Something that I thought I noticed soon after I graduated college and moved to DC was that a lot of my female friends were very interested in the subject of street harassment. Later, thanks to the magic of social media and web traffic (check out the Facebook shares on this item!) I learned that I'd misconstrued this entirely. It's not that women I was friends with were very interested in this subject. Women in general were interested. Their interest wasn't exactly invisible to me — I was hearing about it in person from friends — but ten or 12 years ago those friends' interest wasn't refracted back and validated by the larger media ecosystem the way it is today. It seemed like an idiosyncratic obsession rather than what it is: an alarmingly widespread social malady that a male-dominated media culture had kind of swept under the rug.
Another thing you see in the web traffic stats is that the American public's appetite for internecine warfare between diaspora Jewish intellectuals about what is and is not the appropriate attitude to have toward Israel is quite limited.
When you stop and think about it, this is perfectly obvious (indeed, if you're not Jewish it probably didn't even require thought). But in a world where the New York Times' columnist rotation features more Jews than women of any ethnic background, it's easy for a person (like me!) with demographic attributes very typical of the prestige media to be blind to the ways particularist identities were shaping coverage decisions.
This is, I think, the problem with idea of "identity politics" as a shorthand for talking about feminism or anti-racism. The world of navel-gazing journalism is currently enmeshed in a couple of partially overlapping conversations, about "PC culture," diversity, social justice, technological change, and shifting business models. One thread of this is the (accurate) observation that social media distribution creates new incentives for publications to be attuned to feminist and minority rights perspectives in a way that was not necessarily the case in the past. But where some see a cynical play for readership, I see an extraordinarily useful shock to a media ecosystem that's too long been myopic in its range of concerns.
@mattyglesias It was shorthand for articles principally about race or gender bias.— Jonathan Chait (@jonathanchait) January 29, 2015
The implication of this usage (which is widespread, and by no means limited to people who agree with Chait) is that somehow an identity is something only women or African-Americans or perhaps LGBT people have. White men just have ideas about politics that spring from a realm of pure reason, with concerns that are by definition universal.
You see something similar in Noam Scheiber's argument that New York City Mayor Bill de Blasio went astray by emphasizing an "identity group agenda" of police reform at the expense of a (presumably identity-free) agenda of populist economics. For starters, it is actually inevitable that a New York City mayor would end up spending more time on his police department management agenda (something that is actually under the mayor's control) than on tax policy, which is set by the State Legislature in Albany.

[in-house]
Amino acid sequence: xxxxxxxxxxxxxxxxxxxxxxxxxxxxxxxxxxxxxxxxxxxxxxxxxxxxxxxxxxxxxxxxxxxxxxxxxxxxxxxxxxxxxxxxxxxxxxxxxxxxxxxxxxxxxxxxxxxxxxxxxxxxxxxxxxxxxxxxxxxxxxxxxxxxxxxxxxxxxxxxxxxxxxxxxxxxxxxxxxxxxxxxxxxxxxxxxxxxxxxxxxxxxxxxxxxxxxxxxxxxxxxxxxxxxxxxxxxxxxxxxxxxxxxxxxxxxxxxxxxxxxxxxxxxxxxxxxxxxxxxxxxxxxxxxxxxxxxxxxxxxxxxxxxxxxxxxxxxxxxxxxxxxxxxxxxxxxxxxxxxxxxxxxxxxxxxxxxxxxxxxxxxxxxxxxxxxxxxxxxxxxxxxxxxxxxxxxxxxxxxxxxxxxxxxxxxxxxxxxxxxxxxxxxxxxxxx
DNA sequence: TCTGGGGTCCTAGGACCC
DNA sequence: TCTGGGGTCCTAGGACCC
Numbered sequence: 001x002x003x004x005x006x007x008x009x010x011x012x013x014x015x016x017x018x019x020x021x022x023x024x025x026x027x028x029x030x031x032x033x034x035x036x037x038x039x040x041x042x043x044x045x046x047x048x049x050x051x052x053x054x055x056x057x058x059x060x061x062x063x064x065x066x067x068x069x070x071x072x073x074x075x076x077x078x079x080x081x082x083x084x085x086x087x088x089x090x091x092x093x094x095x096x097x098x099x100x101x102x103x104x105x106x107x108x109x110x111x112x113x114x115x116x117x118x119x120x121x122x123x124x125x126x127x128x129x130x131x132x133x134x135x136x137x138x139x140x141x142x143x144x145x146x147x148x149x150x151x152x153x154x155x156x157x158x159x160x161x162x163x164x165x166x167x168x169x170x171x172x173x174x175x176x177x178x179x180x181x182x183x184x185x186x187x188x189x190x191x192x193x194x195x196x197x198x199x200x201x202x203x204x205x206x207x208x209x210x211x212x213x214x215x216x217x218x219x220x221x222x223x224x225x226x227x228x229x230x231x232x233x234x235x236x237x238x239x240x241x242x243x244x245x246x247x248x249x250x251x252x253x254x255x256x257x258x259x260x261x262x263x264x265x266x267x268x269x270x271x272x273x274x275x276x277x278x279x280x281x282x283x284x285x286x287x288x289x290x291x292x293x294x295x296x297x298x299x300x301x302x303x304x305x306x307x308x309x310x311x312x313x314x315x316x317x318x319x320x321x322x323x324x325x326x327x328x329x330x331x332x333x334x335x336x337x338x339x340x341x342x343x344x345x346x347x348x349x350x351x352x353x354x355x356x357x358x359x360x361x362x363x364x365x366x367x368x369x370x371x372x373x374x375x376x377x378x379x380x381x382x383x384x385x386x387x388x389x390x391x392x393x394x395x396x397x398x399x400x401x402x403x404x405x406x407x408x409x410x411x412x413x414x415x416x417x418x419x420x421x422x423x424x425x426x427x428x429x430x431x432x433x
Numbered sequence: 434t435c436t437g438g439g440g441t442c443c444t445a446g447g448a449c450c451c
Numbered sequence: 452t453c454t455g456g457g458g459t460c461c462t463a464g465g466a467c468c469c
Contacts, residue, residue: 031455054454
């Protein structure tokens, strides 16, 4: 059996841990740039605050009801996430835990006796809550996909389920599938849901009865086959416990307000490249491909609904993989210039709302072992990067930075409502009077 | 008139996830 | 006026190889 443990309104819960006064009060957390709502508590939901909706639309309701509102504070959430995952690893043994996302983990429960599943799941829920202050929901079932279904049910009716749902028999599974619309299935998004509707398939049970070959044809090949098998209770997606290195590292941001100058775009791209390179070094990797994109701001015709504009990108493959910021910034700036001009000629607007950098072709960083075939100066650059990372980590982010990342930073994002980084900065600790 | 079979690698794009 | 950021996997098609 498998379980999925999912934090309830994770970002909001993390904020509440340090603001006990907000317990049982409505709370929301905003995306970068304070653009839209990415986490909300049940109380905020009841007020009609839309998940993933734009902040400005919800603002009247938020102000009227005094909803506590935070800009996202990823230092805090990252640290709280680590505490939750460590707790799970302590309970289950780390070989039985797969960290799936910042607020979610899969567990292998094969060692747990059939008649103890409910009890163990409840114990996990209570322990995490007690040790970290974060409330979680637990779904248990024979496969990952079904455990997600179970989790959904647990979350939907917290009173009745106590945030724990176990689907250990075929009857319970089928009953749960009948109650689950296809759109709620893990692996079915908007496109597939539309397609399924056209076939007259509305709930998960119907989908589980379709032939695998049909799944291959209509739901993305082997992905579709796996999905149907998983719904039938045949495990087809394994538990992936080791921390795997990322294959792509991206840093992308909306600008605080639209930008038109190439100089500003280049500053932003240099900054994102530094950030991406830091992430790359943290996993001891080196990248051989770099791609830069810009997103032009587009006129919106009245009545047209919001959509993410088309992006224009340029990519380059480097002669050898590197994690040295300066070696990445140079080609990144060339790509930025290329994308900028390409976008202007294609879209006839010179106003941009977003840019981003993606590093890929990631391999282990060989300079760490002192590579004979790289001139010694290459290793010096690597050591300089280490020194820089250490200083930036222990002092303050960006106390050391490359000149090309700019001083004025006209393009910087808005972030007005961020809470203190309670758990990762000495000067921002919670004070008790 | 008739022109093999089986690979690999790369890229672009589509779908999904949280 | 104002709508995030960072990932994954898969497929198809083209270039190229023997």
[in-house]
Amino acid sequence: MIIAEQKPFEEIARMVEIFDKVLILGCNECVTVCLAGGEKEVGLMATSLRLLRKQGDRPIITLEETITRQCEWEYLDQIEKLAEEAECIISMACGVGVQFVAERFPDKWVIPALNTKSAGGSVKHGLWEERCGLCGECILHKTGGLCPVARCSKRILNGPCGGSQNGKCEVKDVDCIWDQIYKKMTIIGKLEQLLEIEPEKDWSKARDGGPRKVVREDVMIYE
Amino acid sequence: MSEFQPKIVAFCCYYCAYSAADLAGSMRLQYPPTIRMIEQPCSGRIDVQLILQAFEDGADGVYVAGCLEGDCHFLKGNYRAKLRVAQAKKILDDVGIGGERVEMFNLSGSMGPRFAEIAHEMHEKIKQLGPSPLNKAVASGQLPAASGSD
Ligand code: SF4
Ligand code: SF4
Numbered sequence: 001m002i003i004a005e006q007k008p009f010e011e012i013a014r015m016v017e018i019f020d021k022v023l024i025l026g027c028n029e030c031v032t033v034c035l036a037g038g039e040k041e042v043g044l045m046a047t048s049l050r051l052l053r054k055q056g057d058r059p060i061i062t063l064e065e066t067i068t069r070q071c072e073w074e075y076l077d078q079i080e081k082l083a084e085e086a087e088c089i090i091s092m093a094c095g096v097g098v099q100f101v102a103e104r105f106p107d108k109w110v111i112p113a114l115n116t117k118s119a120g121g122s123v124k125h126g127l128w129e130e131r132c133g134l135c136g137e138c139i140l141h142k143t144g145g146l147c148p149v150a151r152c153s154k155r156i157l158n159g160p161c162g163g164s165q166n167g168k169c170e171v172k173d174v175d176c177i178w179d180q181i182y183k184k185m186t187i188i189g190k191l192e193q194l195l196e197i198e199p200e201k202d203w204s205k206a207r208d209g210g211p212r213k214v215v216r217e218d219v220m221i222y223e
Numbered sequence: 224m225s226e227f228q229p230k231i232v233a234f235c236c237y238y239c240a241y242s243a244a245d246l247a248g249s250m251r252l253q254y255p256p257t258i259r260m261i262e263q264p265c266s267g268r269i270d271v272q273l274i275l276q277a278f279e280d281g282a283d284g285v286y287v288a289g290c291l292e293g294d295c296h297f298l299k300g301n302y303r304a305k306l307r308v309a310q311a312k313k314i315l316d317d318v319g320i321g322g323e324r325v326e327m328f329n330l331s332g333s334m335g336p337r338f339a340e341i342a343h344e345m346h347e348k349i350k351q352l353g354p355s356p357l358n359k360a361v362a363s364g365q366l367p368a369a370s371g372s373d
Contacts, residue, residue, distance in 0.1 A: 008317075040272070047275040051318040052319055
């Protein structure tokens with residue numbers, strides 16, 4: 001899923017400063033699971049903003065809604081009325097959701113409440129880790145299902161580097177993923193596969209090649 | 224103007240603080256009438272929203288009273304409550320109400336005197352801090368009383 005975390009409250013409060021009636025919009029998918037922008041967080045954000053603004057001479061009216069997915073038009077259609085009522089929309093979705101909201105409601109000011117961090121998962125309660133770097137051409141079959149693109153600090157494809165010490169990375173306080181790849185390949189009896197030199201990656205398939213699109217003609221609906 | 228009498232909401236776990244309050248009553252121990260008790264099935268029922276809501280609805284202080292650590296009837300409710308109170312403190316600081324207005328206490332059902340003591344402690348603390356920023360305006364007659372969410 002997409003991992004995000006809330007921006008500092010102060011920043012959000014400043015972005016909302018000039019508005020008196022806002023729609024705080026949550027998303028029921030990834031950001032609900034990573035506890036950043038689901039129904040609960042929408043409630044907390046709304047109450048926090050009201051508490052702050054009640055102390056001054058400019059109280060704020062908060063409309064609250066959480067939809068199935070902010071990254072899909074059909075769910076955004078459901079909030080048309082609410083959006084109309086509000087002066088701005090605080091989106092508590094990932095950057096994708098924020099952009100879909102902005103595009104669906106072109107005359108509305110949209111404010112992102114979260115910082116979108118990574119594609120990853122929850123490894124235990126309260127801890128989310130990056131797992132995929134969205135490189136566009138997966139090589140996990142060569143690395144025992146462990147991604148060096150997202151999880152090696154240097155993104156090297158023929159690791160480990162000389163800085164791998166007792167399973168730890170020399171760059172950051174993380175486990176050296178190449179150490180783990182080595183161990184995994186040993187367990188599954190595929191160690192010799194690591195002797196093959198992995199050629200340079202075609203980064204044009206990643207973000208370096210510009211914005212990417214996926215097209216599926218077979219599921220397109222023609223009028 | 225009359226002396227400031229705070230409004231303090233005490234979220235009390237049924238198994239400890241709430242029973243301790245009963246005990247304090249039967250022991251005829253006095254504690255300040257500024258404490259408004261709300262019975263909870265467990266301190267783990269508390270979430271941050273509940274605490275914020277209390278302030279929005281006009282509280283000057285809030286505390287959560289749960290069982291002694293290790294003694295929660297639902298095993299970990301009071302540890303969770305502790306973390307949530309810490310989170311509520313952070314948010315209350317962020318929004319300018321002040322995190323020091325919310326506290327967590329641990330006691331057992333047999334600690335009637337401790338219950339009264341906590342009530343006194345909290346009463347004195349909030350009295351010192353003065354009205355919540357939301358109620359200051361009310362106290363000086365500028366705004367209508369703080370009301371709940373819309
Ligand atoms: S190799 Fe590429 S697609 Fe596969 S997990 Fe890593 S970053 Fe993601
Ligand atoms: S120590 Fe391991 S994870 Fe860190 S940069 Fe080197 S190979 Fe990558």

But beyond that, not addressing a racially discriminatory status quo in policing is itself a choice. Indeed, it's a kind of identity group appeal — to white people, whose preferred means of striking the balance between liberty and security, in many contexts, is that security should be achieved by depriving other people of their civil liberties.
This is where the at-times tiresome concept of privilege becomes very useful. The truth is that almost all politics is, on some level, about identity. But those with the right identities have the privilege of simply calling it politics while labeling other people's agendas "identity."
Denial of this reality, it seems to me, is actually a key failing of a certain brand of American liberalism. Conservatives may join some white male liberals in decrying "identity politics," but nobody knows better than conservatives the power and importance of identities like Christian, American, traditional family, etc., in shaping thinking and giving meaning to political engagement.
Indeed, we just saw a species of this failure of American liberalism in the Obama administration's swiftly abandoned plan to kill tax-subsidized 529 accounts. The entire politics of this ended up hinging not on economic models, but on the question of whether a certain class of professional couple earning a low-six figure income should be considered "middle class." Or look at how Obama's effort to raise middle-class incomes in a way that encourages work morphed into a "war on homemakers."
All politics is, on some level, identity politics. The idea that it's some special attribute of black politics or feminist politics is just blindness. And while identity politics can be practiced in bad ways or in pursuit of bad goals, that's simply to say that politics can be practiced both for good and for ill. The idea that gendered or ethnic claims are despoiling a liberalism of pure selves and neutral rationality is little more than an unselfconscious form of identity politics. Politics is about collective decisions. This necessarily implicates individuals' identities by defining who is inside and who is outside the community of concern and under what terms.
The trend by which modern digital media forces publications to be more aware of what resonates with audiences is not an unalloyed good. But given the centrality of identity to politics of all kinds and the badly skewed demographics at the commanding heights of the American media ecosystem, this particular aspect of the trend is pretty clearly change for the better.